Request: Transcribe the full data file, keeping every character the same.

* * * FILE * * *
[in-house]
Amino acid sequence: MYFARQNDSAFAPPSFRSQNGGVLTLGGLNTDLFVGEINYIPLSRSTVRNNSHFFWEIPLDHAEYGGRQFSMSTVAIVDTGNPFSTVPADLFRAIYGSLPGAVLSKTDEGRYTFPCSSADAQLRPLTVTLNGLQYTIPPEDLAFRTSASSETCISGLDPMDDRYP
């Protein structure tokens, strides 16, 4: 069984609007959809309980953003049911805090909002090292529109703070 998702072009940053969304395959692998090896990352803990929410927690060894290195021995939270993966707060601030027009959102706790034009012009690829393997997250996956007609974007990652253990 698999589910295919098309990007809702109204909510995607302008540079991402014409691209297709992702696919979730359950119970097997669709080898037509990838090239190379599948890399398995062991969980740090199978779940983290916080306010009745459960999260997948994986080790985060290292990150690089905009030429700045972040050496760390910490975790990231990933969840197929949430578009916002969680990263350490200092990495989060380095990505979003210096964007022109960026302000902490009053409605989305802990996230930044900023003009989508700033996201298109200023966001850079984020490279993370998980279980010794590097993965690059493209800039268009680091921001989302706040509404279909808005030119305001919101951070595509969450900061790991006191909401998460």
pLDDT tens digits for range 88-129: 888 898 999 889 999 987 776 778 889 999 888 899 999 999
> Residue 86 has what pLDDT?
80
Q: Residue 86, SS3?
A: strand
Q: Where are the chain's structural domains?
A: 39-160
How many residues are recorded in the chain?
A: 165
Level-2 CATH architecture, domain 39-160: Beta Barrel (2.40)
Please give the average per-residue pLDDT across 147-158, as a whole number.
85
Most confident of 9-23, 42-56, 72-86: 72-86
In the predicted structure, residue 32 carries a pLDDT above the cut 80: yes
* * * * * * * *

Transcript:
[in-house]
Amino acid sequence: MYFARQNDSAFAPPSFRSQNGGVLTLGGLNTDLFVGEINYIPLSRSTVRNNSHFFWEIPLDHAEYGGRQFSMSTVAIVDTGNPFSTVPADLFRAIYGSLPGAVLSKTDEGRYTFPCSSADAQLRPLTVTLNGLQYTIPPEDLAFRTSASSETCISGLDPMDDRYP
């Protein structure tokens, strides 16, 4: 069984609007959809309980953003049911805090909002090292529109703070 998702072009940053969304395959692998090896990352803990929410927690060894290195021995939270993966707060601030027009959102706790034009012009690829393997997250996956007609974007990652253990 698999589910295919098309990007809702109204909510995607302008540079991402014409691209297709992702696919979730359950119970097997669709080898037509990838090239190379599948890399398995062991969980740090199978779940983290916080306010009745459960999260997948994986080790985060290292990150690089905009030429700045972040050496760390910490975790990231990933969840197929949430578009916002969680990263350490200092990495989060380095990505979003210096964007022109960026302000902490009053409605989305802990996230930044900023003009989508700033996201298109200023966001850079984020490279993370998980279980010794590097993965690059493209800039268009680091921001989302706040509404279909808005030119305001919101951070595509969450900061790991006191909401998460």
pLDDT tens digits for range 88-129: 888 898 999 889 999 987 776 778 889 999 888 899 999 999
> Residue 86 has what pLDDT?
80
Q: Residue 86, SS3?
A: strand
Q: Where are the chain's structural domains?
A: 39-160
How many residues are recorded in the chain?
A: 165
Level-2 CATH architecture, domain 39-160: Beta Barrel (2.40)
Please give the average per-residue pLDDT across 147-158, as a whole number.
85
Most confident of 9-23, 42-56, 72-86: 72-86
In the predicted structure, residue 32 carries a pLDDT above the cut 80: yes